A guide to voting logistics
San Francisco is one of 53 U.S. cities that uses ranked-choice voting (RCV) for local elections. On the ballot, each voter lists a first, second, and third choice for DA. In the first round of voting, all first choice votes are counted. If no one candidate has received more than 50% of the votes, the candidate with the least votes is eliminated and all the ballots with that candidate listed as first choice are counted towards their second choice candidate. This is repeated until a candidate receives a majority of votes.
Mathematics Professor Stephen Devlin spoke about the statistical complications that arise with ranked choice voting to better understand the ramifications of this voting style. Devlin explained that it eliminates the pressure to vote for a mediocre candidate who is likely to win over a more qualified candidate. This does away with the idea of a “wasted vote.” “There’s also an idea that RCV can make campaigns less negative since candidates need to court 2nd and 3rd place votes,” said Devlin. But ranked choice voting has its downsides, and the unique vote counting method poses unique challenges.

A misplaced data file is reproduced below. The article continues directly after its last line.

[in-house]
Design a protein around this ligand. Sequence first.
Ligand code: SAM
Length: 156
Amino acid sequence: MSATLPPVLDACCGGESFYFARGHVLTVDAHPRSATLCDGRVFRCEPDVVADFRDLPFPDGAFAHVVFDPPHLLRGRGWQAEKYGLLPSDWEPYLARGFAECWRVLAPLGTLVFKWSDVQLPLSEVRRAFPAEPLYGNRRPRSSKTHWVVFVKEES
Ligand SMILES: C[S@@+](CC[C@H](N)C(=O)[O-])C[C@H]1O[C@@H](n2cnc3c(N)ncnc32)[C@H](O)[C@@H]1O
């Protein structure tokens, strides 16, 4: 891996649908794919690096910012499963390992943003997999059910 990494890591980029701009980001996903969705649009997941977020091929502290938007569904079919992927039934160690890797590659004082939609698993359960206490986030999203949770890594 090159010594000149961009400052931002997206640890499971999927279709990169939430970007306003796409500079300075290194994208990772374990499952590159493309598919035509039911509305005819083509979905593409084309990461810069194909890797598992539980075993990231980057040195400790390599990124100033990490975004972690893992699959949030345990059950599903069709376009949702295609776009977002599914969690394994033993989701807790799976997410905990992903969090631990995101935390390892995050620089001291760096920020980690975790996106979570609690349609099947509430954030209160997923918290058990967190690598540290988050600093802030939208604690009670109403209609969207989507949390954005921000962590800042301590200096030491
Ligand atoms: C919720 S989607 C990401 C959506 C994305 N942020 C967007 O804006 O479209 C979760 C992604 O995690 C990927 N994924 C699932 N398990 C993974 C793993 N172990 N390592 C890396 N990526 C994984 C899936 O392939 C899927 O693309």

When asked about the role of USF students specifically, “Vote,” Hamasaki said. “Voting is the foundation of our democracy.”
“You are the next generation, and before you know it you will be world leaders,” responded Chenier. “You have to grab the mantles and lead.”
Students can register to vote at bit.ly/usfvotes. USF will be a polling place on Nov. 8. Students can vote at Koret Health Center’s Swig Gymnasium or room 281 in the Masonic Building. To find out more about the candidates, USFVotes recommends Cal Matters, League of Women’s Voters, and NPR for politically neutral information.
Sophia McCrackin is a second-year politics major with journalism and economics minors. She can be reached at firstname.lastname@example.org